Janjaap Ruijssenaars Magnetic Floating Bed

Updated on January 4, 2022 in Contemporary Furniture

Janjaap Ruijssenaars Magic Moments in Floating Bed

Janjaap Ruijssenaars Magic Moments in Floating Bed

Dutch architect Janjaap Ruijssenaars created a floating bed that would allow you to sleep in a bed that is floating in mid air. Estimated to make you poorer by US$146,953 for just the scale model ( he never mention about the actual scale but I bet it would be 1:100). The actual model would cost about US$1,533,419, now why would I want a floating bed? and would it sort of float away? and the ultimate question would be – is it powered by normal electricity? What happen if there is a sudden blackout during the night? Yeah – we got a new name, Death Bed!

Nice concept, but I would prefer a magnetic stairs. Hidden away when I don’t need it, and somehow the flight elevate accordingly when I am about to travel up or down.

floating magnetic bed

floating magnetic bed

floating magnetic bed

floating magnetic bed

Ruijssenaars was also showing off a smaller version at the Millionaire fair in Kortrijk that goes for a more affordable $146,000; at 1/5th the size of the regular model.

“No matter where you live all architecture is dictated by gravity. I wondered whether you could make an object, a building or a piece of furniture where this is not the case — where another power actually dictates the image,” Ruijssenaars said.

The bed has been designed to resemble the Monolith from Kubrick’s movie ‘2001 A Space Odyssey’. How about a floating chair? Watch the video, skip to 1:20 for the video interview:

The author is not a CAD expert nor a web genius. Just another guy spending too much time online. The tutorials featured here are meant for basic level understanding.


  1. I think it is very cool, when I saw this in the National Geographic Kids, I was wondering then what I shall do for the 6th grade science fair, and then I saw it then, I thought maybe I should make a floating chair, well because if I made a floating bed it will probably be too big to go in to the school. Thank You.


  2. Just imagin what would happen if you had to carry your electronic device such as laptops, MP3 Players with HDD or those with magnetic tapes or for worst if you had to carry things that have iron in it.

  3. Well, magnets can maintain their magnetic field and force for hundreds of years, so that shouldn’t be the problem.

    My question is, to which material is it rejecting the field?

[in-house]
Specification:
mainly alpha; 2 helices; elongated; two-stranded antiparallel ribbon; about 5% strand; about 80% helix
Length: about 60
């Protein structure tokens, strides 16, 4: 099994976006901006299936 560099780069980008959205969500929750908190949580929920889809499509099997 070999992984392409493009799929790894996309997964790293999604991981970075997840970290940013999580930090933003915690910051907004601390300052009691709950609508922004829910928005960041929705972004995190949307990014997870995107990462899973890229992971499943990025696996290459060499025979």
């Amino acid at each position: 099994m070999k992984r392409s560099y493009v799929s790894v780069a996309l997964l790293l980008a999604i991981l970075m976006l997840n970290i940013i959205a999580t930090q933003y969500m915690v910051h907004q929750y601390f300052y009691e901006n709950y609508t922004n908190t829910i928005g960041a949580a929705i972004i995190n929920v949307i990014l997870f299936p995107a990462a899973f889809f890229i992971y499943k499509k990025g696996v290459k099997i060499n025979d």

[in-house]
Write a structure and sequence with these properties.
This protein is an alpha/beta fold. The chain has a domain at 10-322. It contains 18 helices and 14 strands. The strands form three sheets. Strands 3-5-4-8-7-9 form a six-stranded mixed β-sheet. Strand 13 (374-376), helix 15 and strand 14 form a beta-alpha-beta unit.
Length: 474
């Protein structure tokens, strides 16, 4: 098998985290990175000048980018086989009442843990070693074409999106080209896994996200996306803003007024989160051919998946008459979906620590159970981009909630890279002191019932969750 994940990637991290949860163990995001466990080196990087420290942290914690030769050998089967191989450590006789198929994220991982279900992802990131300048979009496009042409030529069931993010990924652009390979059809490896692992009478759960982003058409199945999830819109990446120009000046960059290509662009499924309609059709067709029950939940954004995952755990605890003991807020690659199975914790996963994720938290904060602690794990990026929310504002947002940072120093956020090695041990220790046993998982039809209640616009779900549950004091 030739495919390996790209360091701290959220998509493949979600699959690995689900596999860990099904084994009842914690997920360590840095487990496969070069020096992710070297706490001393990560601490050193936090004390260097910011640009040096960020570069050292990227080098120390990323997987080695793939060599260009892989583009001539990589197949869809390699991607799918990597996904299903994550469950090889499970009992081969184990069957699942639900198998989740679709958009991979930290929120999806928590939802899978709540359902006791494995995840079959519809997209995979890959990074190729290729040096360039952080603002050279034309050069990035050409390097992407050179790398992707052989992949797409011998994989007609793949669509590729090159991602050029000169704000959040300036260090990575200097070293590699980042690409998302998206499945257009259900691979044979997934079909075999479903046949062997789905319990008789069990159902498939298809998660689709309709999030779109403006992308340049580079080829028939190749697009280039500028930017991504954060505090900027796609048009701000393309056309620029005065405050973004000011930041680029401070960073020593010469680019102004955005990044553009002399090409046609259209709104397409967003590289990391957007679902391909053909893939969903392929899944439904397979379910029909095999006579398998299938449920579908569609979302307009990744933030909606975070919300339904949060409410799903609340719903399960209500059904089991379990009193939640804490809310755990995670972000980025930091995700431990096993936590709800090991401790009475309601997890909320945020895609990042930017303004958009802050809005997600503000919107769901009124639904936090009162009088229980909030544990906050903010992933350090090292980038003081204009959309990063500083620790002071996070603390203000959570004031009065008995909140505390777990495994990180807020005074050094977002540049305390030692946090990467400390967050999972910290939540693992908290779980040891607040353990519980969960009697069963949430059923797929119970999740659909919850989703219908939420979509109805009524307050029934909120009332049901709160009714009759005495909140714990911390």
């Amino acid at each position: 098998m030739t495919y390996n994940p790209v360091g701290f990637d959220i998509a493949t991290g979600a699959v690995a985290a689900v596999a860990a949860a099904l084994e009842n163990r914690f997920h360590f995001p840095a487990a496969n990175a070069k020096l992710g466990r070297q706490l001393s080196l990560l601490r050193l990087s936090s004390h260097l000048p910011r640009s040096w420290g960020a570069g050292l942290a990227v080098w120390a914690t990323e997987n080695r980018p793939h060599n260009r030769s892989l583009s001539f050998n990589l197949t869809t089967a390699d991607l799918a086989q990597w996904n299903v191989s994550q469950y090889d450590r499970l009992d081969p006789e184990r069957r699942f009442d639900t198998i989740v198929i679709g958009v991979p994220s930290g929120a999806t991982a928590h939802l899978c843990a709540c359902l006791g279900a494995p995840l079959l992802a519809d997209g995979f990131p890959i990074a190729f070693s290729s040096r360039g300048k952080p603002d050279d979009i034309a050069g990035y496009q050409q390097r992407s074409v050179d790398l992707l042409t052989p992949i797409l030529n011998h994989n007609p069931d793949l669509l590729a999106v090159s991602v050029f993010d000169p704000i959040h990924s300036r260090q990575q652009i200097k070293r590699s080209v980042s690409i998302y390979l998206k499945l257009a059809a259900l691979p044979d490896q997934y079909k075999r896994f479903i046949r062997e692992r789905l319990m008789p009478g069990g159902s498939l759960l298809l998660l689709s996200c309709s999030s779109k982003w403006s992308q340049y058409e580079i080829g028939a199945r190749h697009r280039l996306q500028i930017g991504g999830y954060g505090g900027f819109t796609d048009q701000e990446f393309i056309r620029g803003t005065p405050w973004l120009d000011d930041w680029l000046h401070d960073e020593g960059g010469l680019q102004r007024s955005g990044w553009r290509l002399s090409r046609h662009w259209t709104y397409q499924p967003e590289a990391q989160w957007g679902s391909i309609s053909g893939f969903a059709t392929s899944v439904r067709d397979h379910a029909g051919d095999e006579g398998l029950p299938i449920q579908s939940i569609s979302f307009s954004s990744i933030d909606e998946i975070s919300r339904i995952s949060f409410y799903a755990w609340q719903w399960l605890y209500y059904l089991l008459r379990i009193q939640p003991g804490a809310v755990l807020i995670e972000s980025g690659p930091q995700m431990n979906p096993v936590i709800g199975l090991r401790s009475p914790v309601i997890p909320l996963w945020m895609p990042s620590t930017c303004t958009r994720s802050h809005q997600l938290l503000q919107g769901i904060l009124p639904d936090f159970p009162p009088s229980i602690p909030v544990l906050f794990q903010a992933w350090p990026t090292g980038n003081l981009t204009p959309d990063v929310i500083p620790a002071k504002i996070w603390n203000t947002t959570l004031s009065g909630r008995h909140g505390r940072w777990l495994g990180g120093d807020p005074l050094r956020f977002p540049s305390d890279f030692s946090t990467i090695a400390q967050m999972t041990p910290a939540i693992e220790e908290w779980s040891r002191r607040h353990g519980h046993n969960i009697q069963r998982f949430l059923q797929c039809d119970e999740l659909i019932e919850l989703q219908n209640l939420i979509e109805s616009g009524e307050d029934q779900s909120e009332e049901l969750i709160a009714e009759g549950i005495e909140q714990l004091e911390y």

I mean, magnets don’t float by themselves, they can float when they are “getting away” from another field of the same pole (repeling, that is).

    The floor by itself doesn’t have magnetism, so it should have some sort of, umm, carpet(?) that has the same magnetic pole than the bed, so it keeps repeling it and making it float in the air.

    Anyway, i’m just supposing this, but i would really like to know how does it work, so if anyone can tell me, or give me a source that explains it, i would really appreciate it.


    • There are also magnets placed in the floors to oppose the forces of the magnet on the bed to produce the floatation

  4. I don’t know why everyone thinks its such a bad thing that they have invented a floating bed, the only thing i disagree with is the price of the model, i mean seriously US$1,533,419 who’s honestly going to buy that. I’ve created a floating chair from magnets, and a floating Rod for martial Arts from blowing air and it only cost me a couple hundred dollars. The only thing you should worry about with the floating bed is bringing metal in the same room as it like earings or something that can be erased like a bank card or laptop.

    -The Band Future Reference

  5. I’m doing a project for school and I need to know what the price was when this bed debuted. Has the price increased from that time? Any help would be appreiated.
    Thank you.

  6. Basically so really big magnets with opposing poles.

    Anyone could do this with the materials.

    A million buck is crazy.

    I would be worried too about any electronics in the room, including computers as the magnets are probably strong enough to wipe things out.

  7. I think this floating bed concept is too away of its time. there are so many limitation and disadvantages in this time that must put a lot of consideration from its designer.

    • Yeah, I suspect the magnetic force will be bad for the body. Too much of something is always bad, even if it is good thing.

  8. Imagine someone with cardio pacemaker or defibrillator Getting on such bed. I guess it would disable or reprogram devices? Also what happens to people with metal in their body following trauma surgery or pacing wires? Or what happens if you have credit card and come close. What is long term effect InHealth? It’s like sleeping in MRI

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